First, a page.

Blow molding(blow moulding), or plastic blow molding, is a fabricating process that manufacturers use to create hollow plastic parts and products.
Manufacturers use the blow molding process in order to form a smooth, airtight, uniform product that does not need to be assembled. Also, blow molded products are capable of holding a variety of substances such as herbicides, pesticides, cosmetics, and automotive oil. Some of the many industries that use blow molded plastics include: automotive manufacturing, food and beverage, lawn and garden, waste collection and recycling, storage and transportation, organization, office, healthcare and more.
Typical blow air pressures around 25 to 150 psi. There are three methods in which blow molded plastic products can be produced: extrusion blow molding, injection blow molding, and stretch blow molding. An overview of each process is outlined below:
Injection Blow Molding
Injection blow moulding is used in the production of large quantities of hollow plastic objects. The process starts with the injection moulding of a polymer onto a core pin which is then rotated to a blow moulding station to be inflated and cooled. Typically used to make small medical and single serving bottles, injection blow moulding is the least-used of all blow moulding processes.
Stretch Blow Molding
Stretch blow molding is divided into two different methods: injection stretch blow molding (ISBM) and reheat and blow molding (RHB). These processes are often used to manufacture bottles for beverages such as water and juice.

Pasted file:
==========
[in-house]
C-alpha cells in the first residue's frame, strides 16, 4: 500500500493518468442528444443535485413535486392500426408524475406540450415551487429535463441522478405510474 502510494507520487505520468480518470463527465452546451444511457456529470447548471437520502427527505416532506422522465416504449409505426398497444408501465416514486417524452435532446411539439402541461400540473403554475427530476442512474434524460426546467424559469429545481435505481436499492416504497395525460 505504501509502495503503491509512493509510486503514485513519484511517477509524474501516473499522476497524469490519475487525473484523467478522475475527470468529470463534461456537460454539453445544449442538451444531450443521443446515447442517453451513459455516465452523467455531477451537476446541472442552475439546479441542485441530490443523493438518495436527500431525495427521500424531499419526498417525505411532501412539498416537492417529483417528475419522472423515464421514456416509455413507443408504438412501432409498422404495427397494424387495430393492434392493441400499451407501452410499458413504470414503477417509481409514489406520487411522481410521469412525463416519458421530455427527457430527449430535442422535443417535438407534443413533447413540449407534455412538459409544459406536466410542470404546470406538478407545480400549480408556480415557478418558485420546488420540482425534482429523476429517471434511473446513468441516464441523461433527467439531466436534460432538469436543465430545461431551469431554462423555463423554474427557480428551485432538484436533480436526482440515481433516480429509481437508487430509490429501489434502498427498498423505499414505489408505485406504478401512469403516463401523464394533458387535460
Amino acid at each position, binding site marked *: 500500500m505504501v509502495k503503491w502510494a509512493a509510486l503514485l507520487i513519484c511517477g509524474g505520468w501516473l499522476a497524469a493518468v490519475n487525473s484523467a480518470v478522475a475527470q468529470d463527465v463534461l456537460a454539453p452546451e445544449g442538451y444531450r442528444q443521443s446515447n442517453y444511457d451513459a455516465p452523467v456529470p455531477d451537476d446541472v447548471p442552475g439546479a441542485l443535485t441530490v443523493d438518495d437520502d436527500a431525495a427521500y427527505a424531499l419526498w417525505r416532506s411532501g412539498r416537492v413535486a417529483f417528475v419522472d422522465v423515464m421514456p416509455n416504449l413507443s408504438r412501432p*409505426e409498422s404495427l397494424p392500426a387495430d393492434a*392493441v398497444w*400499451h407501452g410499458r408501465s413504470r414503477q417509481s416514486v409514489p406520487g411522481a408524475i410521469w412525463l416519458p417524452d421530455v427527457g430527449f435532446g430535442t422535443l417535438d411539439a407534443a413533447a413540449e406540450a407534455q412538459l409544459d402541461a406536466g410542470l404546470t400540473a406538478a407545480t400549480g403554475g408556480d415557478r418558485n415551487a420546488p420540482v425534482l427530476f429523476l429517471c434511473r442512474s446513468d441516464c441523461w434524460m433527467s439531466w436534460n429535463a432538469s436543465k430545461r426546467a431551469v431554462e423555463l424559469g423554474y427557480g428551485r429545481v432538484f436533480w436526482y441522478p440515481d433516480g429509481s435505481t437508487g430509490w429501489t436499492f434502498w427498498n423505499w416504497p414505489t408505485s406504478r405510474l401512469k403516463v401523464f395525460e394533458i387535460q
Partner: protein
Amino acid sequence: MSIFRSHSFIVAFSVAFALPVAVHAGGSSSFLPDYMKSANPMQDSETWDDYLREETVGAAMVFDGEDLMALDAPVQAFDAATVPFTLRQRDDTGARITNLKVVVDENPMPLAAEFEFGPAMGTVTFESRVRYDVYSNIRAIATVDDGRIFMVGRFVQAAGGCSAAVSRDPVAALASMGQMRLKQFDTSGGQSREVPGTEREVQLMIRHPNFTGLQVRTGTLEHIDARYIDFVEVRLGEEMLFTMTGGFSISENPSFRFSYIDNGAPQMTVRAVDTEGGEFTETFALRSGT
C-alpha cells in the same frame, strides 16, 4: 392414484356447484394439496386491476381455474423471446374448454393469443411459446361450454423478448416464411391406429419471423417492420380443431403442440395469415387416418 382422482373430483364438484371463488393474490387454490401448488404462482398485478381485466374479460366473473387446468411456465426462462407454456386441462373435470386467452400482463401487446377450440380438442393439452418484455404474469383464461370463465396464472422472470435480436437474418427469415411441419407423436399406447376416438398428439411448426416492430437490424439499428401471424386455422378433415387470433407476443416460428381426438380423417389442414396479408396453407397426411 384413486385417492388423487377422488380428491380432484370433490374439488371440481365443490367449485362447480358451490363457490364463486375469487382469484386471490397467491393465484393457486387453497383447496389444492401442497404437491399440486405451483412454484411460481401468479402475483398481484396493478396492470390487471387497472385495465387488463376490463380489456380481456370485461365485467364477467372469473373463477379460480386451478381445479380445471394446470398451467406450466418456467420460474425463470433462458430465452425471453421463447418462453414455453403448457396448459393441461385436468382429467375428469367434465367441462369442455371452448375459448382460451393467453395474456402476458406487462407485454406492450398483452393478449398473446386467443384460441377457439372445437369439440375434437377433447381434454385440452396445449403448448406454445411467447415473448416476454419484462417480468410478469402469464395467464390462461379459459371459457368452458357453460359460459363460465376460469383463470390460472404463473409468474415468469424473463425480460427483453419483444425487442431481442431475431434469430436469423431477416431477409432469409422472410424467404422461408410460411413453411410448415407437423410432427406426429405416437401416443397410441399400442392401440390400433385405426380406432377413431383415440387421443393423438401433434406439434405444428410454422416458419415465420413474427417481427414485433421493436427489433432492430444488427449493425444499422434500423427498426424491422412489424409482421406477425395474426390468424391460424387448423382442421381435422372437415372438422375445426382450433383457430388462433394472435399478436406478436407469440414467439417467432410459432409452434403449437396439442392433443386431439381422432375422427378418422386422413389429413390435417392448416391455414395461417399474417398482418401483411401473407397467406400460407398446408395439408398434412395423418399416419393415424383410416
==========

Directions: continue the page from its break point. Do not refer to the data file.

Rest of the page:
ISBM (injection stretch blow molding) involves injection molding a preform, and then moving it to the next station to be blow-molded. ISBM is a costly process, and is used to manufacture liquor bottles, water bottles, and peanut butter jars.
RHB (reheat and blow molding) involves purchasing a preform from another vendor who has already injection-molded the material. The preform is reheated to prepare it for the blow-molding process. RHB is much more cost-effective than ISBM, because it eliminates the need for injection molding equipment and provides access to various pre-made preforms.
Extrusion Blow Molding
The molten polymer is led through a right angle and through a die to emerge as a hollow (usually circular) pipe section called a parison.
When the parison has reached a sufficient length a hollow mould is closed around it. The mould mates closely at its bottom edge thus forming a seal. The parison is cut at the top by a knife prior to the mould being moved sideways to a second position where air is blown into the parison to inflate it to the shape of the mould.
After a cooling period the mould is opened and the final article is ejected.To speed production several identical moulds may be fed in cycle by the same extruder unit. The process is not unlike that used for producing glass bottles, in that the molten material is forced into a mould under air pressure.